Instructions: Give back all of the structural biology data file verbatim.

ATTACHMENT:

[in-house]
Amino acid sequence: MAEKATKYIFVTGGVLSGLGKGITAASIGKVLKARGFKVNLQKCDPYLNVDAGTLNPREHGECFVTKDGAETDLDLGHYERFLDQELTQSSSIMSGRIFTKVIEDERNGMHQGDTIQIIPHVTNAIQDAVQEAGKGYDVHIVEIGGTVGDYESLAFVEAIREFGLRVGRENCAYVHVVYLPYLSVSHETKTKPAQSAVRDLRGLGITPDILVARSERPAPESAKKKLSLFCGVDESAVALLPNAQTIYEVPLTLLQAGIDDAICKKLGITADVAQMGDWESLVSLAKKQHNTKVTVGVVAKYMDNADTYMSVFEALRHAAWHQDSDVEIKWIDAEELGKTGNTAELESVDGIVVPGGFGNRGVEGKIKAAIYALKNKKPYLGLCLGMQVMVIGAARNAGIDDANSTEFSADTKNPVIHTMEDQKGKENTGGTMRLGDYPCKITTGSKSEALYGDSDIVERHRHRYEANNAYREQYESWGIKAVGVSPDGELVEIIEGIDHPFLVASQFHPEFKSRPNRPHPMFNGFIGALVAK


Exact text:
[in-house]
Amino acid sequence: MAEKATKYIFVTGGVLSGLGKGITAASIGKVLKARGFKVNLQKCDPYLNVDAGTLNPREHGECFVTKDGAETDLDLGHYERFLDQELTQSSSIMSGRIFTKVIEDERNGMHQGDTIQIIPHVTNAIQDAVQEAGKGYDVHIVEIGGTVGDYESLAFVEAIREFGLRVGRENCAYVHVVYLPYLSVSHETKTKPAQSAVRDLRGLGITPDILVARSERPAPESAKKKLSLFCGVDESAVALLPNAQTIYEVPLTLLQAGIDDAICKKLGITADVAQMGDWESLVSLAKKQHNTKVTVGVVAKYMDNADTYMSVFEALRHAAWHQDSDVEIKWIDAEELGKTGNTAELESVDGIVVPGGFGNRGVEGKIKAAIYALKNKKPYLGLCLGMQVMVIGAARNAGIDDANSTEFSADTKNPVIHTMEDQKGKENTGGTMRLGDYPCKITTGSKSEALYGDSDIVERHRHRYEANNAYREQYESWGIKAVGVSPDGELVEIIEGIDHPFLVASQFHPEFKSRPNRPHPMFNGFIGALVAK